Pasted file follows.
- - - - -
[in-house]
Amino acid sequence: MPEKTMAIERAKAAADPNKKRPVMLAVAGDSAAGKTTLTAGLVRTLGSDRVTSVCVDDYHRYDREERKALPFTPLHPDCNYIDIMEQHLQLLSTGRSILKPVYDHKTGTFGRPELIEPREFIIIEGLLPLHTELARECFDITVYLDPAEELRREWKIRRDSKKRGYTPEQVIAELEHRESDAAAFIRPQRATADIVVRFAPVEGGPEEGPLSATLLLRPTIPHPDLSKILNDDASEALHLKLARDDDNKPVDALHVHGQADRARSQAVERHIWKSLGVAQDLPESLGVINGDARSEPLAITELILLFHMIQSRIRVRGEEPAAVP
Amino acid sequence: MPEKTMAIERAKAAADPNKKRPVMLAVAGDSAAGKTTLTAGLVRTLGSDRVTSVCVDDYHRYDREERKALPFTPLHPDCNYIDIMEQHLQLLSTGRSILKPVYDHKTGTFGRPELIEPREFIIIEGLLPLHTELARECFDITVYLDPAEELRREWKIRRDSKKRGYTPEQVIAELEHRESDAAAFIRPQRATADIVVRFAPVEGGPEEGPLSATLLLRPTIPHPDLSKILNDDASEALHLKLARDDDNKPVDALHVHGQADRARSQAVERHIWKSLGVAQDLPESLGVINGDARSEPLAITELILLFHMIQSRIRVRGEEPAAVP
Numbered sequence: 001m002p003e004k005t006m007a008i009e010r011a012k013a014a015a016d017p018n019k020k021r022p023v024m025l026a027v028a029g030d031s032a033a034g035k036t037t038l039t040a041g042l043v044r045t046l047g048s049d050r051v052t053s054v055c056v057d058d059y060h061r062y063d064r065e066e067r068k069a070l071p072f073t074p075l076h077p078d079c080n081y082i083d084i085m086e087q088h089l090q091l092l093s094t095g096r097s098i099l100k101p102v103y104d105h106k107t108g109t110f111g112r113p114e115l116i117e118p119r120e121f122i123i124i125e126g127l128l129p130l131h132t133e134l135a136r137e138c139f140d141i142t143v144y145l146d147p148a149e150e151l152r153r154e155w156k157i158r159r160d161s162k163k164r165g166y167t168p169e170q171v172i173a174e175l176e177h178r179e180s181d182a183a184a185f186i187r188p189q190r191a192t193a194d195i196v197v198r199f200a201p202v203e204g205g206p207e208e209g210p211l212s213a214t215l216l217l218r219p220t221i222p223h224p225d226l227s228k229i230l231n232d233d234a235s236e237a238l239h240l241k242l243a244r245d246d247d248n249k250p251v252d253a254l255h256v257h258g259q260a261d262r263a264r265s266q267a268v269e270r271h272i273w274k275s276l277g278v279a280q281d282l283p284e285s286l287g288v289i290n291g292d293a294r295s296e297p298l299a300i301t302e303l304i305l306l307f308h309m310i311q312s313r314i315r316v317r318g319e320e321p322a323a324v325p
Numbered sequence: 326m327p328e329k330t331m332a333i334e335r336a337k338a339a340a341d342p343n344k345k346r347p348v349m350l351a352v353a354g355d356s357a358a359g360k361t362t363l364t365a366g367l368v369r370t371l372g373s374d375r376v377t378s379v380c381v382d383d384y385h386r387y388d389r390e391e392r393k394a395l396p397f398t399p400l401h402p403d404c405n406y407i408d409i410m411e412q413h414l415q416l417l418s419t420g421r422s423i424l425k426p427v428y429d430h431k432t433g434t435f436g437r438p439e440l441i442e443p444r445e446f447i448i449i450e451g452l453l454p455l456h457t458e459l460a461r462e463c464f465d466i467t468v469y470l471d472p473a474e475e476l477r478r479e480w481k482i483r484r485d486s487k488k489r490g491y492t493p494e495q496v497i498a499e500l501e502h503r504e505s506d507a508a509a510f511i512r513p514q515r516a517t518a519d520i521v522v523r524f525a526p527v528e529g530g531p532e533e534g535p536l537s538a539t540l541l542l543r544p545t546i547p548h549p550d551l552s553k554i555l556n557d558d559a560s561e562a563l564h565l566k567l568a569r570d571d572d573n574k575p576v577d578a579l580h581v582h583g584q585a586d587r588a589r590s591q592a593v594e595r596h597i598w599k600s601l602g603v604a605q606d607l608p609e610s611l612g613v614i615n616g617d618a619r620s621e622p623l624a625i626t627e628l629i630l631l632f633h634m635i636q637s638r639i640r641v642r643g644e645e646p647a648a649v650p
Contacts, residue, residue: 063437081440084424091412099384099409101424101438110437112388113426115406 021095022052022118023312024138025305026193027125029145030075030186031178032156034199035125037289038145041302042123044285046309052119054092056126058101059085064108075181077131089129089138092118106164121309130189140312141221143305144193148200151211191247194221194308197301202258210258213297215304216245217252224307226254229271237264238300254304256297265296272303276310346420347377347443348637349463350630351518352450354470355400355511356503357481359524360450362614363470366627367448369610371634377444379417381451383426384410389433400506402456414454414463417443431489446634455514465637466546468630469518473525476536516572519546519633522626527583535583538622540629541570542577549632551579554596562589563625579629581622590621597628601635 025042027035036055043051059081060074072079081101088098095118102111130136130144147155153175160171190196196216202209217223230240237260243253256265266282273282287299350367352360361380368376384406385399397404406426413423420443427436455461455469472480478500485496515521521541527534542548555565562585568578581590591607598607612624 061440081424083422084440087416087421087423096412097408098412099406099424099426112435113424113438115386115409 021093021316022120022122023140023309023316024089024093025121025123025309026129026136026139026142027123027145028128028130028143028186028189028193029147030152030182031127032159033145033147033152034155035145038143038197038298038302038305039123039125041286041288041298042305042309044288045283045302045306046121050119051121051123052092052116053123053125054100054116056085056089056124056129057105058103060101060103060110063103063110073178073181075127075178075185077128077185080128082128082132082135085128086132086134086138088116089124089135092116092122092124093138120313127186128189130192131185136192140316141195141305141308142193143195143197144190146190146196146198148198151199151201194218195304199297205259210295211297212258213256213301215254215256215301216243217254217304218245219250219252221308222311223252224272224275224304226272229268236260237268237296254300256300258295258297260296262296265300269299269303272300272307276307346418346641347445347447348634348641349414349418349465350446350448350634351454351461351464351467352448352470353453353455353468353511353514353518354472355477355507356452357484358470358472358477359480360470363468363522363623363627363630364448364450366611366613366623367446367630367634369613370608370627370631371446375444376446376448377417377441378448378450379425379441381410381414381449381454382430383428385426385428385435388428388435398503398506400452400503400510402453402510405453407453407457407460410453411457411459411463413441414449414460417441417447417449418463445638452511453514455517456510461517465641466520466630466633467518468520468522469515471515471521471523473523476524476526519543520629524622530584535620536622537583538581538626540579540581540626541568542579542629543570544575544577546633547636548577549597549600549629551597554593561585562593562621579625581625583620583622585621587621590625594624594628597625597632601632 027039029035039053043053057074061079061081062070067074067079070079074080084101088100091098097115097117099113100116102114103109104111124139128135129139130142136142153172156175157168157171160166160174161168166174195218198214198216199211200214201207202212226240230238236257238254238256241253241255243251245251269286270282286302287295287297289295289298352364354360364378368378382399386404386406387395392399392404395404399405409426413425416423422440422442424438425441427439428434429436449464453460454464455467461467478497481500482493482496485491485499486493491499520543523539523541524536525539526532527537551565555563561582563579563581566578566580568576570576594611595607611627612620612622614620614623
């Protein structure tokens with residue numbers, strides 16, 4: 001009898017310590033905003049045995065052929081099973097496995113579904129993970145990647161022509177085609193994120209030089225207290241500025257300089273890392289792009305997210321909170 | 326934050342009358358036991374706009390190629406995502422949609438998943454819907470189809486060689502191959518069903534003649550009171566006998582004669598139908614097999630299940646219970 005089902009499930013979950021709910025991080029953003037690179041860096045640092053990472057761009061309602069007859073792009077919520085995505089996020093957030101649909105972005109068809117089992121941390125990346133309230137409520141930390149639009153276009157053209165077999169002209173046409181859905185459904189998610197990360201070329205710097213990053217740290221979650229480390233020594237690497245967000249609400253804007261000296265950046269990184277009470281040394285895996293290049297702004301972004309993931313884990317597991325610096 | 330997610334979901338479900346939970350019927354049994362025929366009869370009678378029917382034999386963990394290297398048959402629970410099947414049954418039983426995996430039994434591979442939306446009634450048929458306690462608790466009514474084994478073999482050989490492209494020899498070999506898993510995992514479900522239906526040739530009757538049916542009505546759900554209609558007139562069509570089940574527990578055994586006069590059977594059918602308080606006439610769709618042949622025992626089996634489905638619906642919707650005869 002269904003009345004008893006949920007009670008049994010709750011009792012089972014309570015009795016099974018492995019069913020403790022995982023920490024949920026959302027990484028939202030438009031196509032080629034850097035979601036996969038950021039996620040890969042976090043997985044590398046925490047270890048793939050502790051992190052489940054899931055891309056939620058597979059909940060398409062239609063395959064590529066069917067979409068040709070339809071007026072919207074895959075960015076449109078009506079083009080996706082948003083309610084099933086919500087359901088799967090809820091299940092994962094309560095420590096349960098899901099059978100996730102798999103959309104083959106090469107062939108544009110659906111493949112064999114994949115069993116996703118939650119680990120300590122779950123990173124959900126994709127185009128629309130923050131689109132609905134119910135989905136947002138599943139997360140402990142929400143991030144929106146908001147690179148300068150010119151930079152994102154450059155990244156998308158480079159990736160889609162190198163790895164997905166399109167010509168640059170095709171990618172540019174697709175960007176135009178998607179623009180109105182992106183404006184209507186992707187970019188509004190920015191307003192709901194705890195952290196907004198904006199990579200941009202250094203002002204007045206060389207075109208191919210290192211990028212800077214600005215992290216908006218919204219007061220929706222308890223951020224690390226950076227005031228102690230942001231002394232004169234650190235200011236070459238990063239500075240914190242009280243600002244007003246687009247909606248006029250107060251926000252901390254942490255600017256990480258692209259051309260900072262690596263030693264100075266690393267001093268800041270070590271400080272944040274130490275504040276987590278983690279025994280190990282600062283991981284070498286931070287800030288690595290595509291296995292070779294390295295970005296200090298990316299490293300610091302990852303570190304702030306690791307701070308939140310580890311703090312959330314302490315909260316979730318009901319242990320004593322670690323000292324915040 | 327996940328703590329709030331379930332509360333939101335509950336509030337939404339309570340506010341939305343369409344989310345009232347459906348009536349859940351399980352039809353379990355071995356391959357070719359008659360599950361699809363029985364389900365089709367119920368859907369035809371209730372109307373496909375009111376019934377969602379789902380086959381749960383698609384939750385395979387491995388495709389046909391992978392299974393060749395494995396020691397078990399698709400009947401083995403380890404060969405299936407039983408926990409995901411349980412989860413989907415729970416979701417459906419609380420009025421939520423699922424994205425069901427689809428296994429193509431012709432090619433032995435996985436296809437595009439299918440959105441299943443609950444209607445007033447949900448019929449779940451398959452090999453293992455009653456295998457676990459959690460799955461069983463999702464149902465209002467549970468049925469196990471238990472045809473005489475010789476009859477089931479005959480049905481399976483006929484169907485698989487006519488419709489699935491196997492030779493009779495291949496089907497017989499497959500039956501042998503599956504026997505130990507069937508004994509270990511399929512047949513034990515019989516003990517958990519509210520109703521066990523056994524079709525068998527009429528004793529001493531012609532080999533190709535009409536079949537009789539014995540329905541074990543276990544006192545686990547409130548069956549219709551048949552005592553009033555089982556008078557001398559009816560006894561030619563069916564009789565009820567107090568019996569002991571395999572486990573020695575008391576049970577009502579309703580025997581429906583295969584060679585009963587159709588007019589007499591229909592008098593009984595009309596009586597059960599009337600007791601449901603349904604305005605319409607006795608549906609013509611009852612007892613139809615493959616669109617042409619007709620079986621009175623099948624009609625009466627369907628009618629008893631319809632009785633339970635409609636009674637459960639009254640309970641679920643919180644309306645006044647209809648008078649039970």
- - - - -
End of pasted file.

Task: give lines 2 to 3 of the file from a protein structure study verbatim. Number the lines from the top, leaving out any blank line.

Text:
Amino acid sequence: MPEKTMAIERAKAAADPNKKRPVMLAVAGDSAAGKTTLTAGLVRTLGSDRVTSVCVDDYHRYDREERKALPFTPLHPDCNYIDIMEQHLQLLSTGRSILKPVYDHKTGTFGRPELIEPREFIIIEGLLPLHTELARECFDITVYLDPAEELRREWKIRRDSKKRGYTPEQVIAELEHRESDAAAFIRPQRATADIVVRFAPVEGGPEEGPLSATLLLRPTIPHPDLSKILNDDASEALHLKLARDDDNKPVDALHVHGQADRARSQAVERHIWKSLGVAQDLPESLGVINGDARSEPLAITELILLFHMIQSRIRVRGEEPAAVP
Amino acid sequence: MPEKTMAIERAKAAADPNKKRPVMLAVAGDSAAGKTTLTAGLVRTLGSDRVTSVCVDDYHRYDREERKALPFTPLHPDCNYIDIMEQHLQLLSTGRSILKPVYDHKTGTFGRPELIEPREFIIIEGLLPLHTELARECFDITVYLDPAEELRREWKIRRDSKKRGYTPEQVIAELEHRESDAAAFIRPQRATADIVVRFAPVEGGPEEGPLSATLLLRPTIPHPDLSKILNDDASEALHLKLARDDDNKPVDALHVHGQADRARSQAVERHIWKSLGVAQDLPESLGVINGDARSEPLAITELILLFHMIQSRIRVRGEEPAAVP